* * * * 1/2
Prior to the festival I’d only just started getting into Tame Impala’s music, thanks to an earlier recommendation from Handshake’s Sam Forester. The Australian psych-rock outfit’s excellent 2010 album Innerspeaker goes best with a bowl of weed and a snack, and at a festival where the quantity and quality of those two things may be unsurpassed, Tame Impala’s music fit perfectly. But after a few minutes, I forgot all about any peripheral distractions, from the bowl of Indonesian noodles in my hand to the tens of thousands of people making noise around me. Though seeing a band at a festival is generally not an immersive experience as a really good club show can be, no act at Outside Lands (with the exception of Sigur Ros later that night) made me inhabit the music as much as Tame Impala did.
* * * 1/2
As with Tame Impala, I saw Father John Misty after a recommendation from a member of Handshake--in this case, Evan Greenwald, who has recommended this particular act’s new album Fear Fun in my search for decent music this year. The solo project of former Fleet Foxes member J. Tillman, Father John Misty was more uptempo and rock-oriented than the harmony-led folk of Tillman’s former band. Even more lively than their grooves was Tillman’s stage presence, which had a certain awkward charisma that suggested he was new to being a frontman and thoroughly enjoying it.
* * * *
Big Boi’s set at the Twin Peaks stage at Hellman Hollow felt every bit like a main-stage set, with the Atlanta MC’s larger-than-life personality replacing the Jumbotrons. Though not dressed any more remarkably than the various hypemen onstage, Big Boi completely dominated his set, tongue-twisting his way through OutKast classics and solo cuts alike with power and passion. The best moment by far was “Ms. Jackson”--though Big Boi seemed to go for the nostalgia angle by screening the song’s video in the background, his rhymes were so tight and locked into the groove it was difficult to focus on anything else. Without a doubt the best live hip-hop performance I’ve ever seen.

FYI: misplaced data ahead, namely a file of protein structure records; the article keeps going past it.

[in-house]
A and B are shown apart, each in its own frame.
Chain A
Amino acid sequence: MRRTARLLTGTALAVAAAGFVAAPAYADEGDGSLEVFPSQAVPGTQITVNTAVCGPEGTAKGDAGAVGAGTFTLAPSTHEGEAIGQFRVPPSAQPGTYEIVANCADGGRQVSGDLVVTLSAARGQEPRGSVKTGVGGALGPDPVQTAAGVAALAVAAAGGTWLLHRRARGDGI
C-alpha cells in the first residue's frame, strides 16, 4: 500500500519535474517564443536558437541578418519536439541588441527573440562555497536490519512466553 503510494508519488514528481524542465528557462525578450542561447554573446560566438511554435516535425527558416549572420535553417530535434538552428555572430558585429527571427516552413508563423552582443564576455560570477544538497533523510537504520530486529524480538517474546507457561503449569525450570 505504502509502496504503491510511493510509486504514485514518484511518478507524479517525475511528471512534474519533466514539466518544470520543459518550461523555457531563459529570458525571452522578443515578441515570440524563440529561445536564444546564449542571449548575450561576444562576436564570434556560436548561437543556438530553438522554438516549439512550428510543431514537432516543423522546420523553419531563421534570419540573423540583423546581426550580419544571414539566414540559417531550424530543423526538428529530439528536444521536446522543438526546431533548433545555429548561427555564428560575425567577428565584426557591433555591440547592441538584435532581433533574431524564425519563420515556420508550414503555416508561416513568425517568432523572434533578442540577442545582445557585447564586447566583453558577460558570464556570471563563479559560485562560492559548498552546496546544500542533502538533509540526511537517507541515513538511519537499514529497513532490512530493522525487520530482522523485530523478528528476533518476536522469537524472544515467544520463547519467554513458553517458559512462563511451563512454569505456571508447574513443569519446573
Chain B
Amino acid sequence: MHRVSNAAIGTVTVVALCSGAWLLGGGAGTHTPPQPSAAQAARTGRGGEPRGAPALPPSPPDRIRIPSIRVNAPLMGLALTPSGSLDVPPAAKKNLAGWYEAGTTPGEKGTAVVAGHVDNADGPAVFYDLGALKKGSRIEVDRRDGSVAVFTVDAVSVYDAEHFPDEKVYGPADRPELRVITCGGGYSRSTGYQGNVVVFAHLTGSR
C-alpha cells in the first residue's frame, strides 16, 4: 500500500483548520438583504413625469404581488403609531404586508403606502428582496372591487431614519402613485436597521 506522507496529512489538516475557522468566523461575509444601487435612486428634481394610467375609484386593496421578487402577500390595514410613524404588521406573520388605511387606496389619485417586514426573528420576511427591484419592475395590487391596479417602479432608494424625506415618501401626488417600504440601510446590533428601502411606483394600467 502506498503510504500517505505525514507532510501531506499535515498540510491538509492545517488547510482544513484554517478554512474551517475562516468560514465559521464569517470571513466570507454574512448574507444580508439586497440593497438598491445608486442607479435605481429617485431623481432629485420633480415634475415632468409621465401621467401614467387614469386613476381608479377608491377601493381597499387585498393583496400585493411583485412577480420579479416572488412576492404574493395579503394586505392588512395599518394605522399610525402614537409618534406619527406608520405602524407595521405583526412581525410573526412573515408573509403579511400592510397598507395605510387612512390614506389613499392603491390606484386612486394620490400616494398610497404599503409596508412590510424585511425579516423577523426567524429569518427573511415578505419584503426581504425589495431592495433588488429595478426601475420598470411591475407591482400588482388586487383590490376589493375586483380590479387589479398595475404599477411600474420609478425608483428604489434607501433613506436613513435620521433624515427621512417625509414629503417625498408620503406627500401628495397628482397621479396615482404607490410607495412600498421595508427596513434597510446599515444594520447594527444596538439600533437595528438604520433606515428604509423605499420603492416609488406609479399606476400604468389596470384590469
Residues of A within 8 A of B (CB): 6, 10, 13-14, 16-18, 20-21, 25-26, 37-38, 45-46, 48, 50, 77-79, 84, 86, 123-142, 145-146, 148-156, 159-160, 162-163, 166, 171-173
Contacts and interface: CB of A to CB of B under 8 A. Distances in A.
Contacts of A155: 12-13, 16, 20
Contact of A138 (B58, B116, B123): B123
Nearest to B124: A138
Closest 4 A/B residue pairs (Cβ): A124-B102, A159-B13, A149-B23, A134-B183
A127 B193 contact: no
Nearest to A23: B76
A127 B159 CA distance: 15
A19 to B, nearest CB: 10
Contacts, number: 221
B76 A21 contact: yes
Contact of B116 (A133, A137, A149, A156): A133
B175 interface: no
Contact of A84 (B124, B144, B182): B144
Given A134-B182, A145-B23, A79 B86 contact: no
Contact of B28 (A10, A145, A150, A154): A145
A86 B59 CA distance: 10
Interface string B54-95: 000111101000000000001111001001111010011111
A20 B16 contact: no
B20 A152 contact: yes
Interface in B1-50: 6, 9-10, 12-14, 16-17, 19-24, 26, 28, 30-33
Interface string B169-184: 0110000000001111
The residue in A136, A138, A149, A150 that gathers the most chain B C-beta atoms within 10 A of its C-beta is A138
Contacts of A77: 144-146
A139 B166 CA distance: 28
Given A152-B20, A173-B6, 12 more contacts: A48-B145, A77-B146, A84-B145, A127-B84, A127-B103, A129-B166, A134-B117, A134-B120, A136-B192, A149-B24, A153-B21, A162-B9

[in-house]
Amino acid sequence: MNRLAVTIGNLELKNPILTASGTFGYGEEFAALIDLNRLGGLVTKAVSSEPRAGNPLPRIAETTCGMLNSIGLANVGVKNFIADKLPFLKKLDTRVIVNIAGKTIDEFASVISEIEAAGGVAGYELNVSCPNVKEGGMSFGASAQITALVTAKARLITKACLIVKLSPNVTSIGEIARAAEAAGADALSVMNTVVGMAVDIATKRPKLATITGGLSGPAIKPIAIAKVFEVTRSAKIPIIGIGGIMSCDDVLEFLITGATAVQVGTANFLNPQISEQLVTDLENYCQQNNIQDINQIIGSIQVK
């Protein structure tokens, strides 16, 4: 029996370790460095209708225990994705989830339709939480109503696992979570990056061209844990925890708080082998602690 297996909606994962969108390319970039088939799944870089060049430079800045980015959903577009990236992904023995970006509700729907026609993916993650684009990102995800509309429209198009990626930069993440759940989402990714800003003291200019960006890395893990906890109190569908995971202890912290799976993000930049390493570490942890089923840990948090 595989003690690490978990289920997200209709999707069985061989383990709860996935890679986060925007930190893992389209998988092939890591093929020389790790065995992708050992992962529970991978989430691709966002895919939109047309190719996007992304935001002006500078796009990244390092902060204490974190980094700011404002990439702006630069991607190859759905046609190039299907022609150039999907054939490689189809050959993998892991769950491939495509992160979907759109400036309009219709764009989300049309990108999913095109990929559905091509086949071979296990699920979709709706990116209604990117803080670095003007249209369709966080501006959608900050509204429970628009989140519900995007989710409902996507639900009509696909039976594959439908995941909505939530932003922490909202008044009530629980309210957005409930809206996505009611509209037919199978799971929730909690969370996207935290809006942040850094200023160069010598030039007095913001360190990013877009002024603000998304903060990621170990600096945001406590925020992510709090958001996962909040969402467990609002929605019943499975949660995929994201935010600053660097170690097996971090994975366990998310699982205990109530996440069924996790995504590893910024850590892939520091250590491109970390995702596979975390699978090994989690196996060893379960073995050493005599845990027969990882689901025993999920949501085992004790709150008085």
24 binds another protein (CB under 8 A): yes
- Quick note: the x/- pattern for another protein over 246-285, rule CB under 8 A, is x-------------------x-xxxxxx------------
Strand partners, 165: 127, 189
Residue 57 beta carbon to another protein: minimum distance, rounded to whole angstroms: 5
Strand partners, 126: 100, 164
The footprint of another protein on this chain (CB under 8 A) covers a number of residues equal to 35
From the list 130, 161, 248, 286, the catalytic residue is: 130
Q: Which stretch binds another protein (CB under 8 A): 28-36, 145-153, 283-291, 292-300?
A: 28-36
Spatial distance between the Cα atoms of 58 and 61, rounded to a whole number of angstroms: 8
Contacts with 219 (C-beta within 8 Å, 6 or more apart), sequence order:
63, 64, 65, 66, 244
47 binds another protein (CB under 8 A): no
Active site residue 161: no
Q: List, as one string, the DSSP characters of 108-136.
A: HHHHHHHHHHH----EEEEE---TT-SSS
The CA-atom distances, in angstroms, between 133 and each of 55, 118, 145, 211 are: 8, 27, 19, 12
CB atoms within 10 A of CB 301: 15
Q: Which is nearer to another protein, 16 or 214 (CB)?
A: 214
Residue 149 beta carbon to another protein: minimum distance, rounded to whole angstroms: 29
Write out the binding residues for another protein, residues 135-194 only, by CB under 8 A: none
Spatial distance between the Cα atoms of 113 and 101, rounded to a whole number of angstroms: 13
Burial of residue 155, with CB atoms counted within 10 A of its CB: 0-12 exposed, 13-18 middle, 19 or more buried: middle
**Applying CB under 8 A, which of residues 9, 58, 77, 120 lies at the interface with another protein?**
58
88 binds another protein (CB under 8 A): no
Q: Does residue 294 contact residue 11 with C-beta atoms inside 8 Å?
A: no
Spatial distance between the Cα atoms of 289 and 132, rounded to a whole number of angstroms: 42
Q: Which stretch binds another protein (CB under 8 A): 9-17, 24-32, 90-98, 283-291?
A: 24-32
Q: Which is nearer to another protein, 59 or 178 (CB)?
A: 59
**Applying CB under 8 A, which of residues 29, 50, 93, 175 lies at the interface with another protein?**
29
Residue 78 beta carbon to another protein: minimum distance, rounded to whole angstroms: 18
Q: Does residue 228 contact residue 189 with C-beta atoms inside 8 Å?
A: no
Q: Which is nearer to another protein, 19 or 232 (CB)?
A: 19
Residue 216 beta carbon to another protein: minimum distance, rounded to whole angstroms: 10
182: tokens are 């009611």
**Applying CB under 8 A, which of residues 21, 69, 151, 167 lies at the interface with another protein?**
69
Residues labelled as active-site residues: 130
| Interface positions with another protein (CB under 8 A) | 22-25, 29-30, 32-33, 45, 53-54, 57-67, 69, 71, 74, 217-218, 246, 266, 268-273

* * * 1/2
I saw the first half of Metallica’s pyrotechnic-filled set, and though Metallica is an unbelievably tight live band with an obvious flair for performing, their set didn’t thrill me quite as much as it could have, likely for similar reasons as my experience seeing Justice the previous day (see the entry on Day 1).
* * * * 1/2
Sigur Ros was a different story altogether. The Icelandic band’s set found them using the medium of live performance to augment the scale of their sound, projecting their biggest ideas across a suitably massive space. Throughout their set, it felt as if a bubble had been cast over the stage and the audience, creating an isolated space where everything was reduced to inconsequentiality except for the music itself. The band members themselves were barely visible, mere shadows against the giant projections of organic landscapes that dominated the stage. But nobody came to Sigur Ros’s set just so they could behold Jonsi and company with their very own eyes--the music was, truly, the only thing that mattered.